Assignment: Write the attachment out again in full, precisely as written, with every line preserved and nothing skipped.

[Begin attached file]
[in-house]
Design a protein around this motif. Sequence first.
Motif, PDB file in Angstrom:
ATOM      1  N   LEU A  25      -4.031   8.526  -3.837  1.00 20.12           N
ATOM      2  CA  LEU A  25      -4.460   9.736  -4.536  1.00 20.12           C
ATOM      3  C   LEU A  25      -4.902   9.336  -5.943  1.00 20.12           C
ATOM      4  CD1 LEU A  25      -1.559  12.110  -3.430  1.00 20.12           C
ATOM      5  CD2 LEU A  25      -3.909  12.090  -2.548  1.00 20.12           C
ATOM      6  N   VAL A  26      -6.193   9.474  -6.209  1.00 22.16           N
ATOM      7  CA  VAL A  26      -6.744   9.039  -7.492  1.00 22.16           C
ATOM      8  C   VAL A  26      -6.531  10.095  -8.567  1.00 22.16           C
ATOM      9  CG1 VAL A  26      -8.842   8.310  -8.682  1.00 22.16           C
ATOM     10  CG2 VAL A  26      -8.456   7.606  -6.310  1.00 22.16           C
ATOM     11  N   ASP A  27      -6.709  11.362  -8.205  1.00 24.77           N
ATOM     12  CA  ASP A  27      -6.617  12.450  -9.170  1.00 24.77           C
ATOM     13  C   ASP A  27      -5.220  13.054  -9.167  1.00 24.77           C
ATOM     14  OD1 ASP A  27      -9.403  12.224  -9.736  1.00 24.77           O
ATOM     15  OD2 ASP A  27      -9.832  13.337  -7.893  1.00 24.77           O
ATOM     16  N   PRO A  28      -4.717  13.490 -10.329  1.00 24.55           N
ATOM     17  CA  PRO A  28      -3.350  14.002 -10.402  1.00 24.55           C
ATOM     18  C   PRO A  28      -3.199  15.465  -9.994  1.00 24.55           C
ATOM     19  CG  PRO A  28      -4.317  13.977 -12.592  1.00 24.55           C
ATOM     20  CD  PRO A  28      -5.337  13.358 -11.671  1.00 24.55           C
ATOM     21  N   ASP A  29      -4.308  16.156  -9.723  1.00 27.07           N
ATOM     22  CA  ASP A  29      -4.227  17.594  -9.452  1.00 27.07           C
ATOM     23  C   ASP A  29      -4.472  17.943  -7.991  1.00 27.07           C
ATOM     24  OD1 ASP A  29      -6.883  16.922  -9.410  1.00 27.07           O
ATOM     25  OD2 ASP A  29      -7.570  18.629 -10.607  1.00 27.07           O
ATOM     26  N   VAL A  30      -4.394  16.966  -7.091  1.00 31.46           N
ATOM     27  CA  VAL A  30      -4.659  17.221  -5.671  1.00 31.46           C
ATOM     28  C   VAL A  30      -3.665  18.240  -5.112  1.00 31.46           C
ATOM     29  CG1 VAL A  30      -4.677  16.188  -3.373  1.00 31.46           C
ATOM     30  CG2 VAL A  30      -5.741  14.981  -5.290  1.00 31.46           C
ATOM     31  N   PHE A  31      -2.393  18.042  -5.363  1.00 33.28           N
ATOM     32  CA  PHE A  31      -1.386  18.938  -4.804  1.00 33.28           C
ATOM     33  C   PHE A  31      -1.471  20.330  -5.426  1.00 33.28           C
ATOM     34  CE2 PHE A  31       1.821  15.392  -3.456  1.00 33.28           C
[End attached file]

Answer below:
[in-house]
Design a protein around this motif. Sequence first.
Motif, PDB file in Angstrom:
ATOM      1  N   LEU A  25      -4.031   8.526  -3.837  1.00 20.12           N
ATOM      2  CA  LEU A  25      -4.460   9.736  -4.536  1.00 20.12           C
ATOM      3  C   LEU A  25      -4.902   9.336  -5.943  1.00 20.12           C
ATOM      4  CD1 LEU A  25      -1.559  12.110  -3.430  1.00 20.12           C
ATOM      5  CD2 LEU A  25      -3.909  12.090  -2.548  1.00 20.12           C
ATOM      6  N   VAL A  26      -6.193   9.474  -6.209  1.00 22.16           N
ATOM      7  CA  VAL A  26      -6.744   9.039  -7.492  1.00 22.16           C
ATOM      8  C   VAL A  26      -6.531  10.095  -8.567  1.00 22.16           C
ATOM      9  CG1 VAL A  26      -8.842   8.310  -8.682  1.00 22.16           C
ATOM     10  CG2 VAL A  26      -8.456   7.606  -6.310  1.00 22.16           C
ATOM     11  N   ASP A  27      -6.709  11.362  -8.205  1.00 24.77           N
ATOM     12  CA  ASP A  27      -6.617  12.450  -9.170  1.00 24.77           C
ATOM     13  C   ASP A  27      -5.220  13.054  -9.167  1.00 24.77           C
ATOM     14  OD1 ASP A  27      -9.403  12.224  -9.736  1.00 24.77           O
ATOM     15  OD2 ASP A  27      -9.832  13.337  -7.893  1.00 24.77           O
ATOM     16  N   PRO A  28      -4.717  13.490 -10.329  1.00 24.55           N
ATOM     17  CA  PRO A  28      -3.350  14.002 -10.402  1.00 24.55           C
ATOM     18  C   PRO A  28      -3.199  15.465  -9.994  1.00 24.55           C
ATOM     19  CG  PRO A  28      -4.317  13.977 -12.592  1.00 24.55           C
ATOM     20  CD  PRO A  28      -5.337  13.358 -11.671  1.00 24.55           C
ATOM     21  N   ASP A  29      -4.308  16.156  -9.723  1.00 27.07           N
ATOM     22  CA  ASP A  29      -4.227  17.594  -9.452  1.00 27.07           C
ATOM     23  C   ASP A  29      -4.472  17.943  -7.991  1.00 27.07           C
ATOM     24  OD1 ASP A  29      -6.883  16.922  -9.410  1.00 27.07           O
ATOM     25  OD2 ASP A  29      -7.570  18.629 -10.607  1.00 27.07           O
ATOM     26  N   VAL A  30      -4.394  16.966  -7.091  1.00 31.46           N
ATOM     27  CA  VAL A  30      -4.659  17.221  -5.671  1.00 31.46           C
ATOM     28  C   VAL A  30      -3.665  18.240  -5.112  1.00 31.46           C
ATOM     29  CG1 VAL A  30      -4.677  16.188  -3.373  1.00 31.46           C
ATOM     30  CG2 VAL A  30      -5.741  14.981  -5.290  1.00 31.46           C
ATOM     31  N   PHE A  31      -2.393  18.042  -5.363  1.00 33.28           N
ATOM     32  CA  PHE A  31      -1.386  18.938  -4.804  1.00 33.28           C
ATOM     33  C   PHE A  31      -1.471  20.330  -5.426  1.00 33.28           C
ATOM     34  CE2 PHE A  31       1.821  15.392  -3.456  1.00 33.28           C